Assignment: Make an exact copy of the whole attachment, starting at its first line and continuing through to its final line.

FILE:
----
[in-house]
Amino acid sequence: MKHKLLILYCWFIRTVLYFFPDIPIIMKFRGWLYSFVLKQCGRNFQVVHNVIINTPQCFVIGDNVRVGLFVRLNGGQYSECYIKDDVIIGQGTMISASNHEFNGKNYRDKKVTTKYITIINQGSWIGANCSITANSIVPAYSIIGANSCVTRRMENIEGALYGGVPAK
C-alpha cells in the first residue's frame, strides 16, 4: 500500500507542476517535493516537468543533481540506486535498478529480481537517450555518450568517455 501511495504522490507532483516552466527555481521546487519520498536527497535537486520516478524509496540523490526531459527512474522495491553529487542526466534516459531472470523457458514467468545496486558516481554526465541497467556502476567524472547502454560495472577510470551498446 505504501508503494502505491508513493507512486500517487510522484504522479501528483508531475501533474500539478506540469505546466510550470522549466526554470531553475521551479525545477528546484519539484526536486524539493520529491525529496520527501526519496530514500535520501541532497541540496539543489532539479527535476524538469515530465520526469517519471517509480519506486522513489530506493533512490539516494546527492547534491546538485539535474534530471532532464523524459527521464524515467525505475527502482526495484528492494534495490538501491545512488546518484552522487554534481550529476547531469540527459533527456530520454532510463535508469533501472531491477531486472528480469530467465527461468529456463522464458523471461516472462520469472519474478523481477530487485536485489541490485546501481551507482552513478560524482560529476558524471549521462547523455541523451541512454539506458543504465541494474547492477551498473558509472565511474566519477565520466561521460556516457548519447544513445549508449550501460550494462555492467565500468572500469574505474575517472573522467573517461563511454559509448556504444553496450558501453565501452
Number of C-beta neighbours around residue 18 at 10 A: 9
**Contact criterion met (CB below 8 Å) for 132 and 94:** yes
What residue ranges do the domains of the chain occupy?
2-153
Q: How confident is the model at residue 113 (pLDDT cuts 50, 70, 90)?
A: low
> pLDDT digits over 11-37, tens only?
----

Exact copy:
[in-house]
Amino acid sequence: MKHKLLILYCWFIRTVLYFFPDIPIIMKFRGWLYSFVLKQCGRNFQVVHNVIINTPQCFVIGDNVRVGLFVRLNGGQYSECYIKDDVIIGQGTMISASNHEFNGKNYRDKKVTTKYITIINQGSWIGANCSITANSIVPAYSIIGANSCVTRRMENIEGALYGGVPAK
C-alpha cells in the first residue's frame, strides 16, 4: 500500500507542476517535493516537468543533481540506486535498478529480481537517450555518450568517455 501511495504522490507532483516552466527555481521546487519520498536527497535537486520516478524509496540523490526531459527512474522495491553529487542526466534516459531472470523457458514467468545496486558516481554526465541497467556502476567524472547502454560495472577510470551498446 505504501508503494502505491508513493507512486500517487510522484504522479501528483508531475501533474500539478506540469505546466510550470522549466526554470531553475521551479525545477528546484519539484526536486524539493520529491525529496520527501526519496530514500535520501541532497541540496539543489532539479527535476524538469515530465520526469517519471517509480519506486522513489530506493533512490539516494546527492547534491546538485539535474534530471532532464523524459527521464524515467525505475527502482526495484528492494534495490538501491545512488546518484552522487554534481550529476547531469540527459533527456530520454532510463535508469533501472531491477531486472528480469530467465527461468529456463522464458523471461516472462520469472519474478523481477530487485536485489541490485546501481551507482552513478560524482560529476558524471549521462547523455541523451541512454539506458543504465541494474547492477551498473558509472565511474566519477565520466561521460556516457548519447544513445549508449550501460550494462555492467565500468572500469574505474575517472573522467573517461563511454559509448556504444553496450558501453565501452
Number of C-beta neighbours around residue 18 at 10 A: 9
**Contact criterion met (CB below 8 Å) for 132 and 94:** yes
What residue ranges do the domains of the chain occupy?
2-153
Q: How confident is the model at residue 113 (pLDDT cuts 50, 70, 90)?
A: low
> pLDDT digits over 11-37, tens only?